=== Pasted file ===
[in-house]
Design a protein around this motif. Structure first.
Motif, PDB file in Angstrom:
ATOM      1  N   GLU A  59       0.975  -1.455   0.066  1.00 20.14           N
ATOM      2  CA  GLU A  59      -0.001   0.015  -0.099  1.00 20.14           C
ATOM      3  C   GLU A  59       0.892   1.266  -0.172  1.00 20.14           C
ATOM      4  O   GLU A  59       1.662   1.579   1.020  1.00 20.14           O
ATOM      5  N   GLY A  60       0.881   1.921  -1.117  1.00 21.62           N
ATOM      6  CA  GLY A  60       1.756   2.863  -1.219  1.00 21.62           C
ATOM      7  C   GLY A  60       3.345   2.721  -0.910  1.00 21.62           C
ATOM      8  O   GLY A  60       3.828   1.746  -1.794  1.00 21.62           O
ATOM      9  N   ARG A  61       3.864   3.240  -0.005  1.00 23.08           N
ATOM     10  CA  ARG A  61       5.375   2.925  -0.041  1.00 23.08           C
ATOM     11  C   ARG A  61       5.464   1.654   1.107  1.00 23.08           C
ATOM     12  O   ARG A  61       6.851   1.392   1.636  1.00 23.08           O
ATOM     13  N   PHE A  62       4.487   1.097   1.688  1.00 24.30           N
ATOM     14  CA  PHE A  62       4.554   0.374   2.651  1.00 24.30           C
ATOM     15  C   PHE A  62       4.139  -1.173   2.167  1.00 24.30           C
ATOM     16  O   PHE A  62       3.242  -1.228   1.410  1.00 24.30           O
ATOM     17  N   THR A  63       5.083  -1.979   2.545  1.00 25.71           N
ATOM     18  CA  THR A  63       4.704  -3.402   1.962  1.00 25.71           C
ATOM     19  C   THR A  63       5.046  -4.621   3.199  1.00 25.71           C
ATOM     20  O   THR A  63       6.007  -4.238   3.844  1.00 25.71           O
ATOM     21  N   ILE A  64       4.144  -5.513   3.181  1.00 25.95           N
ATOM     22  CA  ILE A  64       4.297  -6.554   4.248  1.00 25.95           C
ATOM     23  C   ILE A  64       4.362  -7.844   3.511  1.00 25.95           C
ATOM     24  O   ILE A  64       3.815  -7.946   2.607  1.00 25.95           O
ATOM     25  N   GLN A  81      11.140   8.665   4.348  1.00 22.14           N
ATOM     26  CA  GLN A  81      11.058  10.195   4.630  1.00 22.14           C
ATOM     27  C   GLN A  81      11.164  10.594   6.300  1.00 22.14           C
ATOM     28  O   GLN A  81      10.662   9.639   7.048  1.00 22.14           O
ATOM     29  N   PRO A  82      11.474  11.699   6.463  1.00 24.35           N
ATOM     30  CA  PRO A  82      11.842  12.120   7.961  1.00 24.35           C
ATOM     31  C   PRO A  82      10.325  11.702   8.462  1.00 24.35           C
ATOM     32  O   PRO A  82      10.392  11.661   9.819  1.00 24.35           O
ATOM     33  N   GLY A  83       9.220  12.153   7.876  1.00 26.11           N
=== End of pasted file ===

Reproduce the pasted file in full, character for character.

[in-house]
Design a protein around this motif. Structure first.
Motif, PDB file in Angstrom:
ATOM      1  N   GLU A  59       0.975  -1.455   0.066  1.00 20.14           N
ATOM      2  CA  GLU A  59      -0.001   0.015  -0.099  1.00 20.14           C
ATOM      3  C   GLU A  59       0.892   1.266  -0.172  1.00 20.14           C
ATOM      4  O   GLU A  59       1.662   1.579   1.020  1.00 20.14           O
ATOM      5  N   GLY A  60       0.881   1.921  -1.117  1.00 21.62           N
ATOM      6  CA  GLY A  60       1.756   2.863  -1.219  1.00 21.62           C
ATOM      7  C   GLY A  60       3.345   2.721  -0.910  1.00 21.62           C
ATOM      8  O   GLY A  60       3.828   1.746  -1.794  1.00 21.62           O
ATOM      9  N   ARG A  61       3.864   3.240  -0.005  1.00 23.08           N
ATOM     10  CA  ARG A  61       5.375   2.925  -0.041  1.00 23.08           C
ATOM     11  C   ARG A  61       5.464   1.654   1.107  1.00 23.08           C
ATOM     12  O   ARG A  61       6.851   1.392   1.636  1.00 23.08           O
ATOM     13  N   PHE A  62       4.487   1.097   1.688  1.00 24.30           N
ATOM     14  CA  PHE A  62       4.554   0.374   2.651  1.00 24.30           C
ATOM     15  C   PHE A  62       4.139  -1.173   2.167  1.00 24.30           C
ATOM     16  O   PHE A  62       3.242  -1.228   1.410  1.00 24.30           O
ATOM     17  N   THR A  63       5.083  -1.979   2.545  1.00 25.71           N
ATOM     18  CA  THR A  63       4.704  -3.402   1.962  1.00 25.71           C
ATOM     19  C   THR A  63       5.046  -4.621   3.199  1.00 25.71           C
ATOM     20  O   THR A  63       6.007  -4.238   3.844  1.00 25.71           O
ATOM     21  N   ILE A  64       4.144  -5.513   3.181  1.00 25.95           N
ATOM     22  CA  ILE A  64       4.297  -6.554   4.248  1.00 25.95           C
ATOM     23  C   ILE A  64       4.362  -7.844   3.511  1.00 25.95           C
ATOM     24  O   ILE A  64       3.815  -7.946   2.607  1.00 25.95           O
ATOM     25  N   GLN A  81      11.140   8.665   4.348  1.00 22.14           N
ATOM     26  CA  GLN A  81      11.058  10.195   4.630  1.00 22.14           C
ATOM     27  C   GLN A  81      11.164  10.594   6.300  1.00 22.14           C
ATOM     28  O   GLN A  81      10.662   9.639   7.048  1.00 22.14           O
ATOM     29  N   PRO A  82      11.474  11.699   6.463  1.00 24.35           N
ATOM     30  CA  PRO A  82      11.842  12.120   7.961  1.00 24.35           C
ATOM     31  C   PRO A  82      10.325  11.702   8.462  1.00 24.35           C
ATOM     32  O   PRO A  82      10.392  11.661   9.819  1.00 24.35           O
ATOM     33  N   GLY A  83       9.220  12.153   7.876  1.00 26.11           N